Fitch keeps S.Africa’s investment-grade rating but cuts outlook to negative

JOHANNESBURG (Capital Markets in Africa) – Ratings agency Fitch affirmed South Africa’s investment-grade credit rating at one notch above ‘junk’ on Friday but changed its outlook to negative from stable, warning that political risks could hurt growth.

With the economy expected to grow by only half a percent this year, South Africa has been racing to avert a downgrade of its sovereign debt to sub-investment status, which would raise its borrowing costs and deter investment.

Africa’s most industrialised country needs to borrow about 165 billion rand ($12 billion) this fiscal year to help plug its budget deficit, and the Treasury warned this month that its borrowing costs could double or triple if it falls into sub-investment grade.

Fitch said that, although business confidence was depressed and investment was contracting, South Africa’s economy may have started to recover.

But it said in-fighting in the ruling African National Congress (ANC) was likely to continue at least until the party’s electoral conference in December 2017.

“In Fitch’s view, this will distract policymakers and lead to mixed messages that will continue to undermine the investment climate, thereby constraining GDP growth.”

Moody’s, which has South Africa two notches above sub-investment grade, is due to announce an update later on Friday. S&P Global Rating, which rates South African debt on the lowest investment level, with a negative outlook, will publish its decision on Friday nest week.

S&P’s on Friday cut state-owned power utility Eskom’s credit rating a further notch into subinvestment.

Peter Attard Montalto, a London-based Africa analyst at Nomura, said this raised concerns that the country’s sovereign rating would also be dragged into junk status “given the interdependence of parastatal ratings with the sovereign.”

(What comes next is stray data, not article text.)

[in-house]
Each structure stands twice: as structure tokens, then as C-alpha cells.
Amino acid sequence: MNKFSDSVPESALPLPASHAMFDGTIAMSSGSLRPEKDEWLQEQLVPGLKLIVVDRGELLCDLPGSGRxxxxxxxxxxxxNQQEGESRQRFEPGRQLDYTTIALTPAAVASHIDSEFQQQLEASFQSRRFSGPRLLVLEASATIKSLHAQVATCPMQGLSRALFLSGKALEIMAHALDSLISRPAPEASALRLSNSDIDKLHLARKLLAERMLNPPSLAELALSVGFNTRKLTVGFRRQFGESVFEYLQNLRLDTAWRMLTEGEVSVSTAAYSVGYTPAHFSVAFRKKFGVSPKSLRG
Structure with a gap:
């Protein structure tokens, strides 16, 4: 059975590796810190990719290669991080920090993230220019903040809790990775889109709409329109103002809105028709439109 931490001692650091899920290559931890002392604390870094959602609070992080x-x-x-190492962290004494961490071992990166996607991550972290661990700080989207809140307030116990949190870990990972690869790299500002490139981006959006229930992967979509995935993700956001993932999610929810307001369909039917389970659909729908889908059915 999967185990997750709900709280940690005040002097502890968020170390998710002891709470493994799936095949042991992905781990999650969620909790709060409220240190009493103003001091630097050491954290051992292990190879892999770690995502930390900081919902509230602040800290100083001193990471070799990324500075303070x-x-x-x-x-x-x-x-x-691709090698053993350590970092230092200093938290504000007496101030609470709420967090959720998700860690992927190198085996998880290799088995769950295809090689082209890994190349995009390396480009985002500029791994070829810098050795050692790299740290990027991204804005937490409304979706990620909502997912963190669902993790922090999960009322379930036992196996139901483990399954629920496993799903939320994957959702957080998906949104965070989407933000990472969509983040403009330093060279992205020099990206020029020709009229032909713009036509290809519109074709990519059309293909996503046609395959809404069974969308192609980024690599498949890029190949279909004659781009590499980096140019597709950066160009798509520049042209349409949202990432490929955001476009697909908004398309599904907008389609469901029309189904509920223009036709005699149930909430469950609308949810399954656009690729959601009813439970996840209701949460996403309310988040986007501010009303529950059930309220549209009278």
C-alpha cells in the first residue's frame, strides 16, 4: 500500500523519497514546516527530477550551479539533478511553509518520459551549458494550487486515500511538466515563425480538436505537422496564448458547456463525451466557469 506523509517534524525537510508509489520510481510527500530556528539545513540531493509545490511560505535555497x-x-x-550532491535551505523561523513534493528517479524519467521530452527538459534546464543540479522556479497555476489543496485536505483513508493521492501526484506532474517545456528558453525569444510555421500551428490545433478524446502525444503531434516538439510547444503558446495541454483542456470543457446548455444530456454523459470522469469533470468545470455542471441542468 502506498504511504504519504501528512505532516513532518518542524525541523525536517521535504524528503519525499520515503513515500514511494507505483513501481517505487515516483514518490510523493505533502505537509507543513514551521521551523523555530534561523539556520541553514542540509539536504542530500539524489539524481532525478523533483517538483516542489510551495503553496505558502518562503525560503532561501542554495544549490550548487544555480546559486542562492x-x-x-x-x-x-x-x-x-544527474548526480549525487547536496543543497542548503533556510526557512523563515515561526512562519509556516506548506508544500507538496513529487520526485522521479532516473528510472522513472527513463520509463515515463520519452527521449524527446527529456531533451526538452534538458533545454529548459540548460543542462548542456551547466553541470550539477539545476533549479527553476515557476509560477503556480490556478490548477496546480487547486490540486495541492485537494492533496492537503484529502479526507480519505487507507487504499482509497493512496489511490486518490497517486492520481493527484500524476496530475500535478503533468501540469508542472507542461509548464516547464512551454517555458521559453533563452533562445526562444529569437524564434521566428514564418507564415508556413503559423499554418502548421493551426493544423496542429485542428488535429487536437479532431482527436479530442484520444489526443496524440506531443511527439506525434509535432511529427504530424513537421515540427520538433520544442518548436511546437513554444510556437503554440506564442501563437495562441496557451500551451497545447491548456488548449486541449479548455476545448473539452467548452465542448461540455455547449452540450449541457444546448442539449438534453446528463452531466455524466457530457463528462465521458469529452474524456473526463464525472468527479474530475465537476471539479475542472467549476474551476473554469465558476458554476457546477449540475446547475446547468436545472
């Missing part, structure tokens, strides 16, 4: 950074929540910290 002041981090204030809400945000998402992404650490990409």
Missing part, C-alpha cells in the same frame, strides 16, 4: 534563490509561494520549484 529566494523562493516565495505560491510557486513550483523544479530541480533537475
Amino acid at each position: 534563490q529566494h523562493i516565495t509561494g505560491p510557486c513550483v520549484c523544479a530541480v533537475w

Finance Minister Pravin Gordhan told Talk Radio 702 the country would have to limit “political noises” and focus on expanding the economy to avoid being downgraded to junk.

Fitch’s announcement puts the spotlight on President Jacob Zuma, who has been mired in political scandals this year, most recently after an anti-graft watchdog alleged influence-peddling in his government. Zuma has denied any wrongdoing.

The president’s office said Zuma would challenge the watchdog’s report in court.

Financial markets have also been rattled by accusations of political interference, notably when the state prosecutor brought fraud charges against Gordhan, then reversed the decision after an outcry.

Gordhan said he saw no reason for Moody’s to downgrade South Africa), adding: “We still have a formidable base.”

The finance spokesman of the main opposition Democratic Alliance party said Fitch’s decision was “evidence that the politics is killing the economics in South Africa”.

The rand weakened by 0.4 percent in response to Fitch’s announcement. ($1 = 14.1584 rand)

Source: Reuters Africa News

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